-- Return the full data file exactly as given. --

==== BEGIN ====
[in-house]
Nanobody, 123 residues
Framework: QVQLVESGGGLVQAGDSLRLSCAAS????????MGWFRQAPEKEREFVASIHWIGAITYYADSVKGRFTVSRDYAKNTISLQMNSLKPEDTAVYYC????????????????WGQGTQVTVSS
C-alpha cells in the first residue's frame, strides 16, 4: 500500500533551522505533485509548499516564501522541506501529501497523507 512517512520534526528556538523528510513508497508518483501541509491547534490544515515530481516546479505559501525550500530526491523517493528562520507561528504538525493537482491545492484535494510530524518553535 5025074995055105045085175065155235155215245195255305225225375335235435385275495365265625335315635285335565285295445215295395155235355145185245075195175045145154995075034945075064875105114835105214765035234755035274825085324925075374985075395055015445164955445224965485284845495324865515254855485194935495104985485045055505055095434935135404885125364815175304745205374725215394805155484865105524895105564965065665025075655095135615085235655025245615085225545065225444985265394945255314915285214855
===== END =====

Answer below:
[in-house]
Nanobody, 123 residues
Framework: QVQLVESGGGLVQAGDSLRLSCAAS????????MGWFRQAPEKEREFVASIHWIGAITYYADSVKGRFTVSRDYAKNTISLQMNSLKPEDTAVYYC????????????????WGQGTQVTVSS
C-alpha cells in the first residue's frame, strides 16, 4: 500500500533551522505533485509548499516564501522541506501529501497523507 512517512520534526528556538523528510513508497508518483501541509491547534490544515515530481516546479505559501525550500530526491523517493528562520507561528504538525493537482491545492484535494510530524518553535 5025074995055105045085175065155235155215245195255305225225375335235435385275495365265625335315635285335565285295445215295395155235355145185245075195175045145154995075034945075064875105114835105214765035234755035274825085324925075374985075395055015445164955445224965485284845495324865515254855485194935495104985485045055505055095434935135404885125364815175304745205374725215394805155484865105524895105564965065665025075655095135615085235655025245615085225545065225444985265394945255314915285214855